Andrew Lippa’s The Wild Party is a modern musical based on the narrative poem by Joseph Moncure March. The story focuses on a show business couple living in a booze-filled Manhattan apartment during the prohibition era. A love square develops during a party thrown by the central couple, which quickly descends into debauchery, adultery, and violence.
HE SAID: After Gravity Defied’s fundraiser preview for this production (critique here) I was thoroughly excited to finally see whether or not those impressive yet disconnected segments of the show would translate to a full scale production. Well, I am happy to say that there was nothing lost in translation. As with the preview, the real strength in this show is the group sound, from robust group numbers to the well-blended male choral parts in the opening number to the tight 3 and 4 part portions of “Make Me Happy” and “Poor Child,” all of the harmonies in this show were breathtaking.
SHE SAID: I totally agree! Several of the musical high points literally made me gasp. In addition to the group moments mentioned above, I particularly remember a few striking solo moments provided by Liz Bollar as Kate and Aaron Conklin as Black. The ensemble not only sounded great — they were dressed in lingerie and fitted 20’s-style attire for the entire production, and they all looked appropriately sultry and wild. Their confidence, enthusiasm, and dedication to the production was palpable throughout and made the entire evening pulse with a rare and infectious energy.
HE SAID: As strong as the ensemble is, the show really circles around the four leads: Queenie, Burrs, Kate, and Black – all of whom had really high highs and a few not so high moments. Keith Rabin Jr. as Burrs overplayed the height of his character’s drunken stupor a bit, but he really nailed some of the emotionally intense moments and I loved him in “Let Me Drown.” Even though Black needs to stand in contrast to the abusive Burrs, I wanted to see Aaron Conklin be a little more macho. That said, his voice, with its incredibly smooth tone, was impeccable throughout the show. Erica Vlahinos might be a smidge too young at 18 to play a fully realized Queenie, but she did a wondeful job climbing that mountain of a role and her vocals in “Out of the Blue” were flawless. Liz Bollar as Kate had a voice that easily filled the whole theatre and wowed the audience with every solo, but I wanted to feel her desires and motivations a little more intensely.
SHE SAID: I was also impressed with Erica Vlahinos as Queenie. Her voice was strong, always on pitch, and had a really unique quality — I’ve never heard anyone sing just like her, which is remarkable for her to have developed at such a young age. With more training her acting performance will certainly become more complex, but she certainly nailed the confident innocence that is Queenie’s most powerful gift. Aaron Conklin had my favorite overall vocal performance of the night, and as soon as he can fully inject into his character’s physicality the confidence and nuance that he shows when singing, he’ll be the next Broadway/Hollywood heartthrob. Those portraying the supporting characters showed a range, from incredibly strong (like Erica Tristler as Madam True) to enjoyable but somewhat over-done.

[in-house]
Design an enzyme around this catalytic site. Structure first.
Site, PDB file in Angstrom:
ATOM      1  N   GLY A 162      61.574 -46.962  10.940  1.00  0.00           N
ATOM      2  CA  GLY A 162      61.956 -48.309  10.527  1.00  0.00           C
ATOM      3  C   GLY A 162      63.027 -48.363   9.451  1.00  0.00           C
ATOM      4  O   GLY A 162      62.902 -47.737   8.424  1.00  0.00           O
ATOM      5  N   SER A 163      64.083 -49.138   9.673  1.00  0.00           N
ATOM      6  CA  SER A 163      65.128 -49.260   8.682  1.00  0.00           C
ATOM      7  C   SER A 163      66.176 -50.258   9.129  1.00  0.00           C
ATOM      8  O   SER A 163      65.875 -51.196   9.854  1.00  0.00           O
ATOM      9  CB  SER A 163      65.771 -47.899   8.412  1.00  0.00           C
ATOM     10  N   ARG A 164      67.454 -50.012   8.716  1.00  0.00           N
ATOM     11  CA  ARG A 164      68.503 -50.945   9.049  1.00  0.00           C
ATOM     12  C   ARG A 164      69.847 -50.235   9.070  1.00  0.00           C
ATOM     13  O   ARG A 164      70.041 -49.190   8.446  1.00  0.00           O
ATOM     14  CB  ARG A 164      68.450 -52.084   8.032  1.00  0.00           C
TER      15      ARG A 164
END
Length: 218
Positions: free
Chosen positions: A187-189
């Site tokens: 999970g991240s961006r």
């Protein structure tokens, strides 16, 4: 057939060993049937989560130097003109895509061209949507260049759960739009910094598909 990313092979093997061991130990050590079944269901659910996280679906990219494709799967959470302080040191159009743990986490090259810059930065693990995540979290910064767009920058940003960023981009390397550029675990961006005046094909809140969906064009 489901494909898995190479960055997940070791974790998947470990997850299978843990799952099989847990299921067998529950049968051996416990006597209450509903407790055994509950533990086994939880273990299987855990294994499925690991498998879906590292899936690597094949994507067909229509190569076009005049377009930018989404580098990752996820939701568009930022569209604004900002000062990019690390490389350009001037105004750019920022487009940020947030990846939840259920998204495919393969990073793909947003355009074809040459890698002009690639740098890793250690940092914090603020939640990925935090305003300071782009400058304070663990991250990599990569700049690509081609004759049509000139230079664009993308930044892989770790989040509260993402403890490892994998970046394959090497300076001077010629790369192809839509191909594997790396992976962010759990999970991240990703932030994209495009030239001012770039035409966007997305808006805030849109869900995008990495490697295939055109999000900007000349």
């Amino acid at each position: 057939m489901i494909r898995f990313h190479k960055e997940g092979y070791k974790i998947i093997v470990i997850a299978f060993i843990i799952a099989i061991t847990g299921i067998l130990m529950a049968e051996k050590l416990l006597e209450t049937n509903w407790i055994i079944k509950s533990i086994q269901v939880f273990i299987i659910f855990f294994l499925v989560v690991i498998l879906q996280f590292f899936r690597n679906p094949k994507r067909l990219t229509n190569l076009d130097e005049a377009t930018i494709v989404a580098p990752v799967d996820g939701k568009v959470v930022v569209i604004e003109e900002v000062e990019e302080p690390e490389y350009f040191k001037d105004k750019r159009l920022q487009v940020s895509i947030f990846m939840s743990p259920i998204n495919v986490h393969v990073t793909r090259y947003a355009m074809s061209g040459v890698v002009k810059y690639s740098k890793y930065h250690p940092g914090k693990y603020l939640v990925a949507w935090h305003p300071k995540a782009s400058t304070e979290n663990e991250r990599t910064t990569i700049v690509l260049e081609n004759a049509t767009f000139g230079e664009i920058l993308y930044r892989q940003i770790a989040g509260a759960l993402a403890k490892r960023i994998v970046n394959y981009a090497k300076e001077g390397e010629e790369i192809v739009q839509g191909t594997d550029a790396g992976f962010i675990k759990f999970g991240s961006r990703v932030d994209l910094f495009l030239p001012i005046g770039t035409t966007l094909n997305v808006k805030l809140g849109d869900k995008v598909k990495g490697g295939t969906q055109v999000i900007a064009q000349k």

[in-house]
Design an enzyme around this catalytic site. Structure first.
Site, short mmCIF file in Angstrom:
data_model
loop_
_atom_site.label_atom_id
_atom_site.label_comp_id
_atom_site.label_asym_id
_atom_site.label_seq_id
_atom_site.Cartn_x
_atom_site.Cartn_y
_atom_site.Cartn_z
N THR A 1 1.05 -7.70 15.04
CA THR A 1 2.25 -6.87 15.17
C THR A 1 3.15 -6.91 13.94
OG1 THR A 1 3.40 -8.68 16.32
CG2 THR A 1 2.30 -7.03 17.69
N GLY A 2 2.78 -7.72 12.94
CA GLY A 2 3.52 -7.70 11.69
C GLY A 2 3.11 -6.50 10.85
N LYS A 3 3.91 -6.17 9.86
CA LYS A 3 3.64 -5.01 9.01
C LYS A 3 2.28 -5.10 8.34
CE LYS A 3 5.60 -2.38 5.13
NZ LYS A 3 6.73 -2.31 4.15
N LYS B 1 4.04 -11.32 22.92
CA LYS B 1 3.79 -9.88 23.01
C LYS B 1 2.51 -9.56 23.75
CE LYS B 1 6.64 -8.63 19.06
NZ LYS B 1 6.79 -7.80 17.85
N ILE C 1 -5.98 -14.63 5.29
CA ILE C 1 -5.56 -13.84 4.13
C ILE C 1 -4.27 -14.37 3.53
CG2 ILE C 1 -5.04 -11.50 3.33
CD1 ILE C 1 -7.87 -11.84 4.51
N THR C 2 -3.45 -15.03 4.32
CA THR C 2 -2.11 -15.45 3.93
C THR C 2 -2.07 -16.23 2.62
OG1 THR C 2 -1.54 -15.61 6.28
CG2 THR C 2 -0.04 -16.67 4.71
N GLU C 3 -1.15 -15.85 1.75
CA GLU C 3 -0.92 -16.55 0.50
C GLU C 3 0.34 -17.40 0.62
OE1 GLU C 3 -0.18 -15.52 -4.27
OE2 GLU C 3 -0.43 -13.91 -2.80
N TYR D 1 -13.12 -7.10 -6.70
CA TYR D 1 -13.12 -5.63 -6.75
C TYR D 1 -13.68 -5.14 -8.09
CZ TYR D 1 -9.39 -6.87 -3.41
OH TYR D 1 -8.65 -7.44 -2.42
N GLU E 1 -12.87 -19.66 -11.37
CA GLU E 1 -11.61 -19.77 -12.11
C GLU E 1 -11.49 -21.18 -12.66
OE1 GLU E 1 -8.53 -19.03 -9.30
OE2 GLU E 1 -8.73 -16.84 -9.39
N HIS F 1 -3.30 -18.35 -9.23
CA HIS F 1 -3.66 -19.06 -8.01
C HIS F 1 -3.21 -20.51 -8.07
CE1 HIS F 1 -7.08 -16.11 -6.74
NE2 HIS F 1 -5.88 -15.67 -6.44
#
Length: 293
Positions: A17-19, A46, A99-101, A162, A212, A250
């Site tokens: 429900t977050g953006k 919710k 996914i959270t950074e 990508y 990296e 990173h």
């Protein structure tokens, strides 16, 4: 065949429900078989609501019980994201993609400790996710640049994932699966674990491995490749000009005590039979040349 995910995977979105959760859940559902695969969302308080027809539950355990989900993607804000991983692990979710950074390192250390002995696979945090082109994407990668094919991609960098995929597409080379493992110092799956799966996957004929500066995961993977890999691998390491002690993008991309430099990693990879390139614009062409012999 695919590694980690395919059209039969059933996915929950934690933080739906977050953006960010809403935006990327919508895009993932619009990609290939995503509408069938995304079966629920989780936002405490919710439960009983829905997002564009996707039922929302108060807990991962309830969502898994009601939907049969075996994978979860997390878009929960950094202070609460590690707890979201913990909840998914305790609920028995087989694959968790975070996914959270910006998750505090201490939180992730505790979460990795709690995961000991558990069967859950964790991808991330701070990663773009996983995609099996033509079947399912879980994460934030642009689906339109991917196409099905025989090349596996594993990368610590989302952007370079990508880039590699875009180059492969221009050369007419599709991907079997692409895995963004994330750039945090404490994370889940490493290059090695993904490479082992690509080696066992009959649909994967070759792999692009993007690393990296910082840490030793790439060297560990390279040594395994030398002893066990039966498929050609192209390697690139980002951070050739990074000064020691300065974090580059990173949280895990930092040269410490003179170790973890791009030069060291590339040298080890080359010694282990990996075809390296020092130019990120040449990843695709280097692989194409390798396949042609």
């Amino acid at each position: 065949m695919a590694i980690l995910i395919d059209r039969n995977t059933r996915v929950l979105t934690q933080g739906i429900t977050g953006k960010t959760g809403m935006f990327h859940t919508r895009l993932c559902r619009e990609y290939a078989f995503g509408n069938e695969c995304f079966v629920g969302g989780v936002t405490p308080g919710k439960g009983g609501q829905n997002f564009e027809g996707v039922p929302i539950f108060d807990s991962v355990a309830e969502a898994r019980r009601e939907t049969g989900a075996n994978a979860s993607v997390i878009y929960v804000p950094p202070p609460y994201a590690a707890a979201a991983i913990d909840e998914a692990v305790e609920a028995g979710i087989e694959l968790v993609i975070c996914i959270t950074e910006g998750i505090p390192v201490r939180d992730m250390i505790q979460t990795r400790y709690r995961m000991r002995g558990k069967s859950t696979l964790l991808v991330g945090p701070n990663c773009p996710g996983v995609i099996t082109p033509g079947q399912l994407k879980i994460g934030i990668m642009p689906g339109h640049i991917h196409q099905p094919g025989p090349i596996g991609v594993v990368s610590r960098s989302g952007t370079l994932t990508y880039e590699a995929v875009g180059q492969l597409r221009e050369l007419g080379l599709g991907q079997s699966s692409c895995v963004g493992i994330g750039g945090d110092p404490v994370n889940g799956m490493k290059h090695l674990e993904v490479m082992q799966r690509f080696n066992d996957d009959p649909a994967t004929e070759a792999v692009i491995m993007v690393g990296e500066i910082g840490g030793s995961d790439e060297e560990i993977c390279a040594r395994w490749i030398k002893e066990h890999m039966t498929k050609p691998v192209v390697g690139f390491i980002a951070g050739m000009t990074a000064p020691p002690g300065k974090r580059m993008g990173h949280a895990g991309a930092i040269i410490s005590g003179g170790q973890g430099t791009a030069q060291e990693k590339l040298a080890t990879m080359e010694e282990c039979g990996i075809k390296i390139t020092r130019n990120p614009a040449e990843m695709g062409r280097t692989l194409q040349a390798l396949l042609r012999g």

HE SAID: As talented as this cast is, they are only part of what makes the show a success. The multi-level set design (complete with period-appropriate details) was impressive for a smaller theatre company. The mic quality was arguably the best I have ever heard in a community theatre show, which is usually so terrible it detracts from the show. But the strongest “production element” was Director/Choreographer Danny Harrigan, who really infused the overlying sensuality into all of the staging and dance sequences. This is not any easy show and his passion for his cast, this show, and theatre can be felt in every moment.
SHE SAID: I agree that Harrigan did a good job integrating the (sinfully sexy) ensemble into an intimate show. Unfortunately, many of these moments were obscured by very dim lighting, so dim that the lights didn’t always succeed at directing the audience’s attention. I assumed that this was a choice, to approximate the darkest, seediest corners of the wildest parties, but at times I was surprised when a new character began to sing because no light shift alerted me to the change. Additionally, some of the dance numbers were lit at a level that I’m used to associating with scene changes, which was a shame because they were quite well-choreographed!
THEY SAID: This is the regional premiere of Lippa’s The Wild Party, so chances are that most people in the Denver area haven’t seen this show. That alone makes it easy to recommend that every adult go get tickets right away. Add on top of that an excellent cast with superb vocal talent, lead by four terrific principles and the sensual choreography and passionate direction of Danny Harrigan and we insist that every adult make plans to see this show immediately. Gravity Defied theatre may be relatively new, but with Lippa’s The Wild Party they make a strong case for why they deserve a permanent place in the Denver theatre scene.
For a synopsis of the show’s plot (spoilers!), click here.
This show is not suitable for all ages. Parental discretion advised.
“The Wild Party” plays at The Aurora Fox Fridays and Saturdays at 7:30pm and Sundays at 4pm until August 22nd.